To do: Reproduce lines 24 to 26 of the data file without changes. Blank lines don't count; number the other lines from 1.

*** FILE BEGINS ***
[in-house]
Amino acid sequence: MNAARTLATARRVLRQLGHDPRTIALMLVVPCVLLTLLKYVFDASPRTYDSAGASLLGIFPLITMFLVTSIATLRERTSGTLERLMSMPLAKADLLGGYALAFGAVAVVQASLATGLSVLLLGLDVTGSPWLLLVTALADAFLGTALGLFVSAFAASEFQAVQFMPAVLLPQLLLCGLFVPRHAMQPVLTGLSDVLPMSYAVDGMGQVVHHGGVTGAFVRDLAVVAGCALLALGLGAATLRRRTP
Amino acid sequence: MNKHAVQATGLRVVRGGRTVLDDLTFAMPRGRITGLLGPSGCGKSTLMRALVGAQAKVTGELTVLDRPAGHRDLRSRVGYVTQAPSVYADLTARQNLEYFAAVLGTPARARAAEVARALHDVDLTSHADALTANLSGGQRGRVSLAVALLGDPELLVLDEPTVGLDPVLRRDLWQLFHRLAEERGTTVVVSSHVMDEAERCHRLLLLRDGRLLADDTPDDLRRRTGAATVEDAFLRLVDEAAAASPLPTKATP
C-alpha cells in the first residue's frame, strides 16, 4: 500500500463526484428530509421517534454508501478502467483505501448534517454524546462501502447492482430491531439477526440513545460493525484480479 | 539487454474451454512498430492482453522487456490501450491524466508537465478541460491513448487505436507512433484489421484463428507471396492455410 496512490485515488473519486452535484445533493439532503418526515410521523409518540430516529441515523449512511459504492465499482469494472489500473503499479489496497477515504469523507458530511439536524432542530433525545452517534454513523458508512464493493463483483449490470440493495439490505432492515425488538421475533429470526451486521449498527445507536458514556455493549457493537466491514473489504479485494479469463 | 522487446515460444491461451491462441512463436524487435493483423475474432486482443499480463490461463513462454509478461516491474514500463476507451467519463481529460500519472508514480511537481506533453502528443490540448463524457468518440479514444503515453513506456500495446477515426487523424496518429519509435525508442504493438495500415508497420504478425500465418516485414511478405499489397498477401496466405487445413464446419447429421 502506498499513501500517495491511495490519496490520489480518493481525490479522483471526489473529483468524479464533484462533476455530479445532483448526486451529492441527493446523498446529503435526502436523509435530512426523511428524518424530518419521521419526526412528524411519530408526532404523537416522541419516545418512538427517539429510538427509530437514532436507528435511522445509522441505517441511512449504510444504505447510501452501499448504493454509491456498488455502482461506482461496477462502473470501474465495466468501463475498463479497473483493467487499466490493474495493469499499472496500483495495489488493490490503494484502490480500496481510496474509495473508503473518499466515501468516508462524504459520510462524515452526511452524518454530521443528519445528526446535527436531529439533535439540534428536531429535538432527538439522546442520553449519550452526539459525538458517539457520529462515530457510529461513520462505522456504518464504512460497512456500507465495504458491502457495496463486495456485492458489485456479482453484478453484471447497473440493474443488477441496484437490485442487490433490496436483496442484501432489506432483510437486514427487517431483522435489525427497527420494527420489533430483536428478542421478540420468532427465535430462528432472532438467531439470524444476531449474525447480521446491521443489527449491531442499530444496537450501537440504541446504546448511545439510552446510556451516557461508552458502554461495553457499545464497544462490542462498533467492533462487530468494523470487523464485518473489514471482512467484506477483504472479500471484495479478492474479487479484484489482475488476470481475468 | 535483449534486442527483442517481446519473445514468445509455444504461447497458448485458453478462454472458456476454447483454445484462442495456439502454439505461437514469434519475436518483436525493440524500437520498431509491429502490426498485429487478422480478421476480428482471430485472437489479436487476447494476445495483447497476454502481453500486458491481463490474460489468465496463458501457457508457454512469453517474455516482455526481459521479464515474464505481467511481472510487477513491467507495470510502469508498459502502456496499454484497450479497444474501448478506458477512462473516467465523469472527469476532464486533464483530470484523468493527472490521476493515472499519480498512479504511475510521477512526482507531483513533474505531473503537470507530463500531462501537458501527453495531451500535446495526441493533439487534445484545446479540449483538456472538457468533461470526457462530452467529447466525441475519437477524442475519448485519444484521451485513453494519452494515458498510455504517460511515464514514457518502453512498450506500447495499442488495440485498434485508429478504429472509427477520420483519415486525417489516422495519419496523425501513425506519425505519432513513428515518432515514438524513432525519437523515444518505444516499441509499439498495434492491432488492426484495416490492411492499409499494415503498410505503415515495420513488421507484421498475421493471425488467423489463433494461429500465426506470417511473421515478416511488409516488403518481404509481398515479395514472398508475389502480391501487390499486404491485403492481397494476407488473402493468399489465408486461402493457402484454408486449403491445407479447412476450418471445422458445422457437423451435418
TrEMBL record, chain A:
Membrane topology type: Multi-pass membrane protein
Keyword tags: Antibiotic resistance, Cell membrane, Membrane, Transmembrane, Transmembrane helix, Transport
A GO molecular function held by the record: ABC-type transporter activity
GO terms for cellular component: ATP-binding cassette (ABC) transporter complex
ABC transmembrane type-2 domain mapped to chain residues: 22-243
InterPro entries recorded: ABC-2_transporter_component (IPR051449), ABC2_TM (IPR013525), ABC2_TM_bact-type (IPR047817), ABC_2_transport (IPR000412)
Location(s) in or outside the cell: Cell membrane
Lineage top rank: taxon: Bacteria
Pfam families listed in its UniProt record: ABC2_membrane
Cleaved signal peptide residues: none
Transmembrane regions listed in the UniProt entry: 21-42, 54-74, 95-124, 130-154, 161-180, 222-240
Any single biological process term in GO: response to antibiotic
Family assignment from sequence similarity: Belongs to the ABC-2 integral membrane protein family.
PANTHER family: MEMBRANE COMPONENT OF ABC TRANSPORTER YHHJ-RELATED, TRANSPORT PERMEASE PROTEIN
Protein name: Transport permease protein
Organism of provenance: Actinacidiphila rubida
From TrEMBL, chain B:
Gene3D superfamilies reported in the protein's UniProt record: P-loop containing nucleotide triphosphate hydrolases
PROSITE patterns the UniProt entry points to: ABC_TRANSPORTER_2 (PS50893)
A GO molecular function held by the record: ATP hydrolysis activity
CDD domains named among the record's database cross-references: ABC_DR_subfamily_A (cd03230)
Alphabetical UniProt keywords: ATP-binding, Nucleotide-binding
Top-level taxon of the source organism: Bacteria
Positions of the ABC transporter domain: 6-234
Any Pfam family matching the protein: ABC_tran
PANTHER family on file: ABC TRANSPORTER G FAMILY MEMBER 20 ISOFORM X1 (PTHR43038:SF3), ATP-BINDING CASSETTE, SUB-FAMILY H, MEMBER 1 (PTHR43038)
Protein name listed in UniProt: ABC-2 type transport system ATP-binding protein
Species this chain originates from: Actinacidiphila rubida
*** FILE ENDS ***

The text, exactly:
PROSITE patterns the UniProt entry points to: ABC_TRANSPORTER_2 (PS50893)
A GO molecular function held by the record: ATP hydrolysis activity
CDD domains named among the record's database cross-references: ABC_DR_subfamily_A (cd03230)